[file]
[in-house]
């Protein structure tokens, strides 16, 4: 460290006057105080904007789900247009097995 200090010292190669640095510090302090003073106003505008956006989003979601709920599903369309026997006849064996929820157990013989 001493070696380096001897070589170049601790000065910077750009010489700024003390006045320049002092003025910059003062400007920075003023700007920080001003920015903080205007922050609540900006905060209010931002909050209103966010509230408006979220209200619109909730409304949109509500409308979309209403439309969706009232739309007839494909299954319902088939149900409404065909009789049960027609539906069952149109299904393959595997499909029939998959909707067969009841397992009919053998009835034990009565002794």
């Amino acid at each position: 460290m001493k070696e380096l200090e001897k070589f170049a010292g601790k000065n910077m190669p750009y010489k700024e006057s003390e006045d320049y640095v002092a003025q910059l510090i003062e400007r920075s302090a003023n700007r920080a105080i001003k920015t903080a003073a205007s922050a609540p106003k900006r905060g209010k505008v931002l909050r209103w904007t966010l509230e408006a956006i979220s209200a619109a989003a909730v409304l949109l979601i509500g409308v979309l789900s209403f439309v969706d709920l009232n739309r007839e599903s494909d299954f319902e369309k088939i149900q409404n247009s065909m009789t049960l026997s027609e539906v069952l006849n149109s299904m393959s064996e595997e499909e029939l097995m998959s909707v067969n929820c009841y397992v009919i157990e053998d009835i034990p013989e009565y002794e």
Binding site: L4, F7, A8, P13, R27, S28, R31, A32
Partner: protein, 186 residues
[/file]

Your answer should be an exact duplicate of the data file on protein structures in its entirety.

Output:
[in-house]
């Protein structure tokens, strides 16, 4: 460290006057105080904007789900247009097995 200090010292190669640095510090302090003073106003505008956006989003979601709920599903369309026997006849064996929820157990013989 001493070696380096001897070589170049601790000065910077750009010489700024003390006045320049002092003025910059003062400007920075003023700007920080001003920015903080205007922050609540900006905060209010931002909050209103966010509230408006979220209200619109909730409304949109509500409308979309209403439309969706009232739309007839494909299954319902088939149900409404065909009789049960027609539906069952149109299904393959595997499909029939998959909707067969009841397992009919053998009835034990009565002794």
């Amino acid at each position: 460290m001493k070696e380096l200090e001897k070589f170049a010292g601790k000065n910077m190669p750009y010489k700024e006057s003390e006045d320049y640095v002092a003025q910059l510090i003062e400007r920075s302090a003023n700007r920080a105080i001003k920015t903080a003073a205007s922050a609540p106003k900006r905060g209010k505008v931002l909050r209103w904007t966010l509230e408006a956006i979220s209200a619109a989003a909730v409304l949109l979601i509500g409308v979309l789900s209403f439309v969706d709920l009232n739309r007839e599903s494909d299954f319902e369309k088939i149900q409404n247009s065909m009789t049960l026997s027609e539906v069952l006849n149109s299904m393959s064996e595997e499909e029939l097995m998959s909707v067969n929820c009841y397992v009919i157990e053998d009835i034990p013989e009565y002794e």
Binding site: L4, F7, A8, P13, R27, S28, R31, A32
Partner: protein, 186 residues